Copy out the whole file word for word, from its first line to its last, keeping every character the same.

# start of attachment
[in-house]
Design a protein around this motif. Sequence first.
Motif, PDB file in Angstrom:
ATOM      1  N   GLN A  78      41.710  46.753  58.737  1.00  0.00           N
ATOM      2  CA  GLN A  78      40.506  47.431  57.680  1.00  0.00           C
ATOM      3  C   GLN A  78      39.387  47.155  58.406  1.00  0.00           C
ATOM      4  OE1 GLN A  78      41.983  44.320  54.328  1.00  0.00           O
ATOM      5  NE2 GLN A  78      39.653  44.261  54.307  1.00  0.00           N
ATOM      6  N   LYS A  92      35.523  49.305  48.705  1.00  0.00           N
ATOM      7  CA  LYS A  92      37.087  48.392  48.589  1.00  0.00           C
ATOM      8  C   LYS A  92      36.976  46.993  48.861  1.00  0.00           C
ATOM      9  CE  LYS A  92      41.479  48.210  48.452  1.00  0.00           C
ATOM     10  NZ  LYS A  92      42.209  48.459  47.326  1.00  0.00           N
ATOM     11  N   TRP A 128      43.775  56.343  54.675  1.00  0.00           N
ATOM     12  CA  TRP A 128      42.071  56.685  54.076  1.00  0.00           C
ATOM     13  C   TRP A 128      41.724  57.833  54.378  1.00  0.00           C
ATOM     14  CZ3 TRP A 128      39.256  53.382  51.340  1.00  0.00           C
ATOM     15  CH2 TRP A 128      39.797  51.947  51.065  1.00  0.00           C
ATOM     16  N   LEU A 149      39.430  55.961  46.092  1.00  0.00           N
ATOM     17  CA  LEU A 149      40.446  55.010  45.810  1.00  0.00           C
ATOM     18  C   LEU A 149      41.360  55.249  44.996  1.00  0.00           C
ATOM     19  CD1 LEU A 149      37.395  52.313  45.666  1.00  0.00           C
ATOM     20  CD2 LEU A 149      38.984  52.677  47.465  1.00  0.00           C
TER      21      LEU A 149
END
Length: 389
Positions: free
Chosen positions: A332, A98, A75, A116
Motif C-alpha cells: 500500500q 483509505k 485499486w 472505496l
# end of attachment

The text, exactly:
[in-house]
Design a protein around this motif. Sequence first.
Motif, PDB file in Angstrom:
ATOM      1  N   GLN A  78      41.710  46.753  58.737  1.00  0.00           N
ATOM      2  CA  GLN A  78      40.506  47.431  57.680  1.00  0.00           C
ATOM      3  C   GLN A  78      39.387  47.155  58.406  1.00  0.00           C
ATOM      4  OE1 GLN A  78      41.983  44.320  54.328  1.00  0.00           O
ATOM      5  NE2 GLN A  78      39.653  44.261  54.307  1.00  0.00           N
ATOM      6  N   LYS A  92      35.523  49.305  48.705  1.00  0.00           N
ATOM      7  CA  LYS A  92      37.087  48.392  48.589  1.00  0.00           C
ATOM      8  C   LYS A  92      36.976  46.993  48.861  1.00  0.00           C
ATOM      9  CE  LYS A  92      41.479  48.210  48.452  1.00  0.00           C
ATOM     10  NZ  LYS A  92      42.209  48.459  47.326  1.00  0.00           N
ATOM     11  N   TRP A 128      43.775  56.343  54.675  1.00  0.00           N
ATOM     12  CA  TRP A 128      42.071  56.685  54.076  1.00  0.00           C
ATOM     13  C   TRP A 128      41.724  57.833  54.378  1.00  0.00           C
ATOM     14  CZ3 TRP A 128      39.256  53.382  51.340  1.00  0.00           C
ATOM     15  CH2 TRP A 128      39.797  51.947  51.065  1.00  0.00           C
ATOM     16  N   LEU A 149      39.430  55.961  46.092  1.00  0.00           N
ATOM     17  CA  LEU A 149      40.446  55.010  45.810  1.00  0.00           C
ATOM     18  C   LEU A 149      41.360  55.249  44.996  1.00  0.00           C
ATOM     19  CD1 LEU A 149      37.395  52.313  45.666  1.00  0.00           C
ATOM     20  CD2 LEU A 149      38.984  52.677  47.465  1.00  0.00           C
TER      21      LEU A 149
END
Length: 389
Positions: free
Chosen positions: A332, A98, A75, A116
Motif C-alpha cells: 500500500q 483509505k 485499486w 472505496l